Transbronchial TBB versus surgical lung SLB biopsy

TBB carries a substantial risk of pneumothorax which afflicts 8-14% of ventilated patients.1415 For this reason, TBB is rarely performed in these circumstances except in patients after lung transplantation where the sensitivity for detection of acute or chronic rejection is 70-90%, with a specificity of 90-100% when performed in an appropriate clinical context.16-18 The Lung Rejection Study Group recommends collecting at least

Figure 1.2 Radiology of a case of haemodynamic pulmonary oedema and histological non-specific interstitial pneumonia masquerading as community-acquired pneumonia and ARDS. Prominent septal lines (upper panel) and large pleural effusions (lower panel) suggest a cardiac cause of pulmonary oedema in this man aged 30 years of no fixed abode. Having failed to respond to antibiotics and corticosteroids, he improved following two vessel coronary angioplasty, mitral valve replacement with one coronary artery bypass graft, and finally a further course of high dose steroids. The diagnosis of ischaemic mitral valve regurgitation was made by stress echocardiography. Subsequently, pulmonary diagnosis was made by an open lung biopsy taken at the time of his cardiac surgery.

Figure 1.2 Radiology of a case of haemodynamic pulmonary oedema and histological non-specific interstitial pneumonia masquerading as community-acquired pneumonia and ARDS. Prominent septal lines (upper panel) and large pleural effusions (lower panel) suggest a cardiac cause of pulmonary oedema in this man aged 30 years of no fixed abode. Having failed to respond to antibiotics and corticosteroids, he improved following two vessel coronary angioplasty, mitral valve replacement with one coronary artery bypass graft, and finally a further course of high dose steroids. The diagnosis of ischaemic mitral valve regurgitation was made by stress echocardiography. Subsequently, pulmonary diagnosis was made by an open lung biopsy taken at the time of his cardiac surgery.

Table 1.2

Typical bronchoalveolar lavage differential cell counts

in conditions associated with acute respiratory failure

and diffuse pulmonary infiltrates

Condition

Cell differential counts

Comments

Macrophage Lymphocyte Neutrophil Eosinophil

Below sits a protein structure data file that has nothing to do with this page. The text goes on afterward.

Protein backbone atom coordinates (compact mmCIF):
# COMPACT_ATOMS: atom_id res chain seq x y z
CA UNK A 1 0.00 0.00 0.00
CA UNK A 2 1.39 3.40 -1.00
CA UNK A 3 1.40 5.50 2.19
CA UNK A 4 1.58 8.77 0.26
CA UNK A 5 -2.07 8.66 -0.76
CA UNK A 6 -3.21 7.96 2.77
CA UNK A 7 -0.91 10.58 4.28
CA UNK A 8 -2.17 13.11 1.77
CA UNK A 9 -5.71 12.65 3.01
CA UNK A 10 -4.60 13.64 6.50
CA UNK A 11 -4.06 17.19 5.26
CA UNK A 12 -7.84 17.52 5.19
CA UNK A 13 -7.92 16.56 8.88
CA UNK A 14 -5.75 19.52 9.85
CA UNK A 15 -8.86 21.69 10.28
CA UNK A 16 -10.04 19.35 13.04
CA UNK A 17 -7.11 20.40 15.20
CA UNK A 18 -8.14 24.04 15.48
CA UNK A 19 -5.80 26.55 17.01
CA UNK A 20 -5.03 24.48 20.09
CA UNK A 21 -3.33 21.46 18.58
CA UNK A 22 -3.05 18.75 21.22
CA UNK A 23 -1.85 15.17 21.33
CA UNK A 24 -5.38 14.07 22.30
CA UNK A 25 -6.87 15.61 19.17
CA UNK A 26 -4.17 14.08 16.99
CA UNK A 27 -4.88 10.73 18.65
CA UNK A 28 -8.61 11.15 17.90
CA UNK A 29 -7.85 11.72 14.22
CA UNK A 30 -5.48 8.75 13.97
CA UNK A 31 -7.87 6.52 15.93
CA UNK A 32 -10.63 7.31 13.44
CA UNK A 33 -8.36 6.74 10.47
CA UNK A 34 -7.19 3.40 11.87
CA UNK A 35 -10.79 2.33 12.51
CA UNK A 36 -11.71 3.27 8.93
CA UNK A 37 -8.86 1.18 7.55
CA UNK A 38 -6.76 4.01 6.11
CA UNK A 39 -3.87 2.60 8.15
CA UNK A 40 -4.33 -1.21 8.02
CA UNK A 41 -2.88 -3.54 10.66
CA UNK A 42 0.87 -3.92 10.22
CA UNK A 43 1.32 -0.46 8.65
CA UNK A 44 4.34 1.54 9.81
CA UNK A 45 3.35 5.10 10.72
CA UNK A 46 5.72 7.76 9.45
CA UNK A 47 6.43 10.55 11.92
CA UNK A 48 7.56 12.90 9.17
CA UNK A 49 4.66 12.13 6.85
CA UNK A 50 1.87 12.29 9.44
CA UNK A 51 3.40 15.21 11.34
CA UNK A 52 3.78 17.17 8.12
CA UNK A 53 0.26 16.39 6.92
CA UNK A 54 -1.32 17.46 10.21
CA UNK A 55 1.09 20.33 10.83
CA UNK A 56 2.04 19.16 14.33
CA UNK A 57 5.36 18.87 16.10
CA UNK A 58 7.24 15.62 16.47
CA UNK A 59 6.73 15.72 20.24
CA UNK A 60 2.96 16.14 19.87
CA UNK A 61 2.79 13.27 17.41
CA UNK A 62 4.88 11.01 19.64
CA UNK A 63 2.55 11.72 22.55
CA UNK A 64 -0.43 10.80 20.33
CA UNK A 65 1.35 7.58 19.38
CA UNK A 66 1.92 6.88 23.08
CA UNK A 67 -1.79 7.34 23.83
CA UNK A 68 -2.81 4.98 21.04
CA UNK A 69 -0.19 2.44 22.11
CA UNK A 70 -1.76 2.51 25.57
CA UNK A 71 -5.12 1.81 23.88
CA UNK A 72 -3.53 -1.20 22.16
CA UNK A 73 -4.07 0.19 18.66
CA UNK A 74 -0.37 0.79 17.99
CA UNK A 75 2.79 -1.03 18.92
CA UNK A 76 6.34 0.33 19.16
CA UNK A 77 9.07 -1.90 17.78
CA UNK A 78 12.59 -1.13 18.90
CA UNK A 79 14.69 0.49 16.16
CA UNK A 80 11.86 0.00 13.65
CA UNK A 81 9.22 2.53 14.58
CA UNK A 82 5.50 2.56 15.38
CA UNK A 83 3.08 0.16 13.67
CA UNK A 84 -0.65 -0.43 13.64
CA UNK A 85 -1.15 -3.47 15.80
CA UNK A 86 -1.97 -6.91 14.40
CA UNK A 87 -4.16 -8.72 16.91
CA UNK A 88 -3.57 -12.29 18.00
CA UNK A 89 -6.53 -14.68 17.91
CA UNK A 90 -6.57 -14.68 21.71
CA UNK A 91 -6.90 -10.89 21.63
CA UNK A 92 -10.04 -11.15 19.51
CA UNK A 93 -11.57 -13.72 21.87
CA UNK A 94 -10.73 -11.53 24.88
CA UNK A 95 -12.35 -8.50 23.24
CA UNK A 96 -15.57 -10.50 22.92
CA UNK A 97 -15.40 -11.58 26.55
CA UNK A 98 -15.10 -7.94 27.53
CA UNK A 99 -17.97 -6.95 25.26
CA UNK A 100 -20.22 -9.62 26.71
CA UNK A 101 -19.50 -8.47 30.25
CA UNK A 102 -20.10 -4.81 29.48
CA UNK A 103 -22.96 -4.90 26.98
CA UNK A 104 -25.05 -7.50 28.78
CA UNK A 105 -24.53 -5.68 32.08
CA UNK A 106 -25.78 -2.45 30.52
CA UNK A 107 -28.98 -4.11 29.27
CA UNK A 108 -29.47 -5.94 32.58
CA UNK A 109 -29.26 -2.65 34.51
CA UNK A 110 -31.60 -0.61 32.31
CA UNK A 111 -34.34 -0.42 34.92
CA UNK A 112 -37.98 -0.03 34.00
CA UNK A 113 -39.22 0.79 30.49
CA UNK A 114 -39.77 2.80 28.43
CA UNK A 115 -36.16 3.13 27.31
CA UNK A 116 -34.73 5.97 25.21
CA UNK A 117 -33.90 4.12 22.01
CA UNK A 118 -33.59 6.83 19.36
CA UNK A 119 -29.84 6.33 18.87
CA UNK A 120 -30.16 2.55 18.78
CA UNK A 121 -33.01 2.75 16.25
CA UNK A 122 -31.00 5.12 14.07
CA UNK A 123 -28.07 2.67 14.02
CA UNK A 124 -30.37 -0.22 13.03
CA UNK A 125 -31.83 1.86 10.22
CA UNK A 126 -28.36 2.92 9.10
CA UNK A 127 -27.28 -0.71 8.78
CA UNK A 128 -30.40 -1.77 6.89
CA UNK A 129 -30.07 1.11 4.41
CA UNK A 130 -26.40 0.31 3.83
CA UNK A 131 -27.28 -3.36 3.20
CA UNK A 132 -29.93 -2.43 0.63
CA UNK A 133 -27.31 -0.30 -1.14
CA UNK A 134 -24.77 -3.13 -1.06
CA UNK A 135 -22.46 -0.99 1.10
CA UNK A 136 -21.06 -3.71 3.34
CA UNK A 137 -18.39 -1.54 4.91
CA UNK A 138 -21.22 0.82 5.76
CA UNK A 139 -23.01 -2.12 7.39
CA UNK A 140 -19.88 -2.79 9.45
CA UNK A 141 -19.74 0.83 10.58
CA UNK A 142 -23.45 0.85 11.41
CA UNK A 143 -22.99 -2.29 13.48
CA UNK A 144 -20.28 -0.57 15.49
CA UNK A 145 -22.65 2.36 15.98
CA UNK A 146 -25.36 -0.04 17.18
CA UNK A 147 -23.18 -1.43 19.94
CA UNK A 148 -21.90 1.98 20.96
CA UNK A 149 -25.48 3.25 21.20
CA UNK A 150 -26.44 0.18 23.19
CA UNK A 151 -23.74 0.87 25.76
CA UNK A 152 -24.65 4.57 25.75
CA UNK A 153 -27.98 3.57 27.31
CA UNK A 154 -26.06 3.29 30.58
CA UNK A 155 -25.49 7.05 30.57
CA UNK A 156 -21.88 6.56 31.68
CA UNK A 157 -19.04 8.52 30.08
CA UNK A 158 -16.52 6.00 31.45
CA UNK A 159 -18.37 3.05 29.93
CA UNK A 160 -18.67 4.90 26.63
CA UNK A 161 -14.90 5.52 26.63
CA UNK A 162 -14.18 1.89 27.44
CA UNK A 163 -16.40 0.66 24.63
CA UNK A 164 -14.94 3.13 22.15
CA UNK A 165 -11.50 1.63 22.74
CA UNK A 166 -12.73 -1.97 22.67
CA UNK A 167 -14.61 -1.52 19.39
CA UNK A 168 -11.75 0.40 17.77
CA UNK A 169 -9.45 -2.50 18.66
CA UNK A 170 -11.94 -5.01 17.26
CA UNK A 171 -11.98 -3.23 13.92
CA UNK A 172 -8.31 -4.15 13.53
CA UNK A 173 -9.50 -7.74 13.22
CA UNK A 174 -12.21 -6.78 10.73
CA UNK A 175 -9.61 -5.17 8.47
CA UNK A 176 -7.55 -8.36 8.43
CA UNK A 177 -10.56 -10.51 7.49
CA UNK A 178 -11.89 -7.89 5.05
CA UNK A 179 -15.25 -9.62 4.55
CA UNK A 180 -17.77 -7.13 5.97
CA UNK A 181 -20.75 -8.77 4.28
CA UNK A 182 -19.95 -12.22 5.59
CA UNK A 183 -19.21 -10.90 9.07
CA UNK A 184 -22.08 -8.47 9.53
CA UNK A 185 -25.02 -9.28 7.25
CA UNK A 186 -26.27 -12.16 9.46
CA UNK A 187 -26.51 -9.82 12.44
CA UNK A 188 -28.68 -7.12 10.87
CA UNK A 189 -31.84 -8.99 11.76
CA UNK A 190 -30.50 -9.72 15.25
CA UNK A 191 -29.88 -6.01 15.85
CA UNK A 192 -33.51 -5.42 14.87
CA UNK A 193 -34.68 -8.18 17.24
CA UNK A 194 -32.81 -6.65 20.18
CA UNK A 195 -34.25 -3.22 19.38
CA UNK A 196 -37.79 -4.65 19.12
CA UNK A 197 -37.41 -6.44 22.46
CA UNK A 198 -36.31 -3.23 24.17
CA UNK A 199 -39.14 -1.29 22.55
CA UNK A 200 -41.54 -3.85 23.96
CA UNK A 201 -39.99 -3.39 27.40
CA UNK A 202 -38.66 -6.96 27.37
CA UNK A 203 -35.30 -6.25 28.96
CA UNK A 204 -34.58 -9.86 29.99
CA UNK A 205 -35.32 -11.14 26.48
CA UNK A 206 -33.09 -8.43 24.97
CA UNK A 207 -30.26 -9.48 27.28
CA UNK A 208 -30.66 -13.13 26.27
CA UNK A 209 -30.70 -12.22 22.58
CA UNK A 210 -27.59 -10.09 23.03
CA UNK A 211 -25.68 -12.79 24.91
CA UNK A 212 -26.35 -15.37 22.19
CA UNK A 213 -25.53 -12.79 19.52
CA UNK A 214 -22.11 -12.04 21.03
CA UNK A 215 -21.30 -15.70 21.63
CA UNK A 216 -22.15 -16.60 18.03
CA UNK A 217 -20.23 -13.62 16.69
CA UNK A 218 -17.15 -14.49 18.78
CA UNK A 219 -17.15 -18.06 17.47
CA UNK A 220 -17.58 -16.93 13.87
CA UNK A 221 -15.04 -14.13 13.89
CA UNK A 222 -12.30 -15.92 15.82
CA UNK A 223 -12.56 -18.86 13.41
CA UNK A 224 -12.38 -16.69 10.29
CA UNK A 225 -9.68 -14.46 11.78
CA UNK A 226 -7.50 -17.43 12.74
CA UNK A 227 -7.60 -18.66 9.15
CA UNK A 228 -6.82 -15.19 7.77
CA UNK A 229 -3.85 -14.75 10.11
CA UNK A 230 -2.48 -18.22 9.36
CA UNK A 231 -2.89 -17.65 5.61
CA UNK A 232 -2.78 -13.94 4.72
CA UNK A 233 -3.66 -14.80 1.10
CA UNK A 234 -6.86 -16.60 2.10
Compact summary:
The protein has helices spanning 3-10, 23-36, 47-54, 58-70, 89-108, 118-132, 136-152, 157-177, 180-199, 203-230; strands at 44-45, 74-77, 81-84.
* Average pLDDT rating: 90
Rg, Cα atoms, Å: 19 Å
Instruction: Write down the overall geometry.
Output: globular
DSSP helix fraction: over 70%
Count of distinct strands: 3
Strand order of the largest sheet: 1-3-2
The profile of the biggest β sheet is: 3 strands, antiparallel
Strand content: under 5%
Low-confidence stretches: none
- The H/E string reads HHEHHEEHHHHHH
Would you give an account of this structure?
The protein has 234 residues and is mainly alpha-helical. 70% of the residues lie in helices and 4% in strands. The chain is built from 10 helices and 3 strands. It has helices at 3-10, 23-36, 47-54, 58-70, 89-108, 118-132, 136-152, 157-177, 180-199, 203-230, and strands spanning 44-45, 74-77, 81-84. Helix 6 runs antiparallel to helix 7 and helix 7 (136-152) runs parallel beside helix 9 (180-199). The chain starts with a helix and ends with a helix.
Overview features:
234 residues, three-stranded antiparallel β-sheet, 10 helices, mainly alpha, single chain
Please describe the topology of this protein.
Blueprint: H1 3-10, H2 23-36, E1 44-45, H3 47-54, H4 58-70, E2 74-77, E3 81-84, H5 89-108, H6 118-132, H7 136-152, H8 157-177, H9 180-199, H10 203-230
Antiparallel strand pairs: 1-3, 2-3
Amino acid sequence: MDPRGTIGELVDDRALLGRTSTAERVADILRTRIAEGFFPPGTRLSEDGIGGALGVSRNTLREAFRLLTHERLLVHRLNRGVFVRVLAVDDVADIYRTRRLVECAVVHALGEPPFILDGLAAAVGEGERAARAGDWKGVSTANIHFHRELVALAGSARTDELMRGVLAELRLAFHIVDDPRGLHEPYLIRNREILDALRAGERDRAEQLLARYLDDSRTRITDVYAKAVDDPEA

Normal

90% 10% <4% <1%

Neutrophils usually <2% in non-smokers

Acute interstitia

t t t

Eosinophils or neutrophils each raised in about 70% of cases of

pneumonia

CFA; both being raised is characteristic. Neutrophils may be

raised in isolation but this is more typical of infection. Lymphocytes

raised in about 10%

Alveolar

t

BAL fluid may be bloody. Haemosiderin-laden macrophages

haemorrhage

t

appear after 48 hours and are diagnostic

ARDS

Neutrophils commonly around 70% of differential count

Bacterial

t

Neutrophils >50% in ventilated patients with bacterial pneumonia

pneumonia

tt

Eosinophilic

Eosinophils typically 40%, range 20-90%. Neutrophils may also

pneumonia

be raised, but always lower than eosinophils

CFA = cryptogenic fibrosing alveolitis; BAL = bronchoalveolar lavage; ARDS = acute respiratory distress syndrome.

five pieces of lung parenchyma to get an adequate sample of small bronchioles and to diagnose bronchiolitis obliterans.19 Widespread pulmonary infiltrates developing within 72 hours of lung transplantation are more likely to represent alveolar oedema caused by ischaemia-reperfusion injury than rejection or infection.20 21

A recent study retrospectively examined the strategy of performing BAL and TBB simultaneously rather than as staged procedures in mechanically ventilated patients with unexplained pulmonary infiltrates.22 Pneumothorax occurred in nine out of 38 patients, six requiring intercostal tube drainage; four out of 38 suffered significant bleeding that was self limiting or terminated with instillation of adrenaline. Diagnostic yields were estimated at 74% for BAL/TBB, whereas those for TBB and BAL alone were 63% and 29%, respectively. Patients in the later phases of ARDS represented 11 of 38 patients and experienced a relatively high incidence of complications and lower diagnostic value, in part because BAL alone could adequately diagnose infection.

A 10 year retrospective review of 24 mechanically ventilated patients undergoing SLB found that a diagnosis was made histologically in 46%.23 Intraoperative complications were generally well tolerated, although 17% had persistent air leaks and two patients died as a consequence of the procedure. Complication rates in other series have been lower and the estimates of diagnostic usefulness have been considerably higher.24-27 For example, in 27 patients with ARF, persistent air leak occurred in six following SLB but there were no perioperative deaths.27 In a retrospective review of 27 OLBs in patients with ARF, persistent air leak occurred in six but there were no perioperative deaths.27 In a retrospective series of 80 patients,26 many of whom were immunosuppressed, eight had a persistent air leak with one perioperative myocardial infarction.

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